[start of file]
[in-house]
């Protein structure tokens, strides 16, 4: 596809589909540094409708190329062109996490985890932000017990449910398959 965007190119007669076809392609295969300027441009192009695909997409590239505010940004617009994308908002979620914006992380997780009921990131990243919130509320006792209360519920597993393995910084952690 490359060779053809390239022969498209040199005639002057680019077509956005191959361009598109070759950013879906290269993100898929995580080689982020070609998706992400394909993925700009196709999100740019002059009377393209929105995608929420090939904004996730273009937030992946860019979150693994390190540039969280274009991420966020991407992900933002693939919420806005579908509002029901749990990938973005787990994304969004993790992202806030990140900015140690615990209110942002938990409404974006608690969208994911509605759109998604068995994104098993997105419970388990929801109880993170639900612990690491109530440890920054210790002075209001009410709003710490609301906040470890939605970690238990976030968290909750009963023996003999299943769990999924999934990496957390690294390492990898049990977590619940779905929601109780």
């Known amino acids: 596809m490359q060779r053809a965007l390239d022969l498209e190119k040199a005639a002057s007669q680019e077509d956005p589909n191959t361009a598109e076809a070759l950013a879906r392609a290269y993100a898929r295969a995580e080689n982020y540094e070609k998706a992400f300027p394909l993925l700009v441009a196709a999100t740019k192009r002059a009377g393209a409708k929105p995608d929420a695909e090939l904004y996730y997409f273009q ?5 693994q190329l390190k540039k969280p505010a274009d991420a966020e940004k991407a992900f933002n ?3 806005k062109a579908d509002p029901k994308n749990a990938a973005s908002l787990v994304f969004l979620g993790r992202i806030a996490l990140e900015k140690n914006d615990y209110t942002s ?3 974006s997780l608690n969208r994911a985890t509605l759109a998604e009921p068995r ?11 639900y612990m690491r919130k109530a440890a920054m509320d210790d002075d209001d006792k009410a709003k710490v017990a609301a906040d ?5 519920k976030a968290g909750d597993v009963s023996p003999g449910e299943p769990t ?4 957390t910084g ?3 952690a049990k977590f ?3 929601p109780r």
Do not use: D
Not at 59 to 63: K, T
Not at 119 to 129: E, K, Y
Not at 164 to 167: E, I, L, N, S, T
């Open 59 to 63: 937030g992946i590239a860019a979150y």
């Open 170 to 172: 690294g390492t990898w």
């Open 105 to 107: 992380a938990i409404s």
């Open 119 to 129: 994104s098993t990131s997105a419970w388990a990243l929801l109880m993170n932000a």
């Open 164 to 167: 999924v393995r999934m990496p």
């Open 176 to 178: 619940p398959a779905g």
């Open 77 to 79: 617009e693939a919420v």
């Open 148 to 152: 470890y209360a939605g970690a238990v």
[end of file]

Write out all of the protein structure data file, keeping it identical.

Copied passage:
[in-house]
């Protein structure tokens, strides 16, 4: 596809589909540094409708190329062109996490985890932000017990449910398959 965007190119007669076809392609295969300027441009192009695909997409590239505010940004617009994308908002979620914006992380997780009921990131990243919130509320006792209360519920597993393995910084952690 490359060779053809390239022969498209040199005639002057680019077509956005191959361009598109070759950013879906290269993100898929995580080689982020070609998706992400394909993925700009196709999100740019002059009377393209929105995608929420090939904004996730273009937030992946860019979150693994390190540039969280274009991420966020991407992900933002693939919420806005579908509002029901749990990938973005787990994304969004993790992202806030990140900015140690615990209110942002938990409404974006608690969208994911509605759109998604068995994104098993997105419970388990929801109880993170639900612990690491109530440890920054210790002075209001009410709003710490609301906040470890939605970690238990976030968290909750009963023996003999299943769990999924999934990496957390690294390492990898049990977590619940779905929601109780």
């Known amino acids: 596809m490359q060779r053809a965007l390239d022969l498209e190119k040199a005639a002057s007669q680019e077509d956005p589909n191959t361009a598109e076809a070759l950013a879906r392609a290269y993100a898929r295969a995580e080689n982020y540094e070609k998706a992400f300027p394909l993925l700009v441009a196709a999100t740019k192009r002059a009377g393209a409708k929105p995608d929420a695909e090939l904004y996730y997409f273009q ?5 693994q190329l390190k540039k969280p505010a274009d991420a966020e940004k991407a992900f933002n ?3 806005k062109a579908d509002p029901k994308n749990a990938a973005s908002l787990v994304f969004l979620g993790r992202i806030a996490l990140e900015k140690n914006d615990y209110t942002s ?3 974006s997780l608690n969208r994911a985890t509605l759109a998604e009921p068995r ?11 639900y612990m690491r919130k109530a440890a920054m509320d210790d002075d209001d006792k009410a709003k710490v017990a609301a906040d ?5 519920k976030a968290g909750d597993v009963s023996p003999g449910e299943p769990t ?4 957390t910084g ?3 952690a049990k977590f ?3 929601p109780r």
Do not use: D
Not at 59 to 63: K, T
Not at 119 to 129: E, K, Y
Not at 164 to 167: E, I, L, N, S, T
């Open 59 to 63: 937030g992946i590239a860019a979150y």
């Open 170 to 172: 690294g390492t990898w």
């Open 105 to 107: 992380a938990i409404s």
């Open 119 to 129: 994104s098993t990131s997105a419970w388990a990243l929801l109880m993170n932000a």
């Open 164 to 167: 999924v393995r999934m990496p």
């Open 176 to 178: 619940p398959a779905g």
């Open 77 to 79: 617009e693939a919420v």
């Open 148 to 152: 470890y209360a939605g970690a238990v």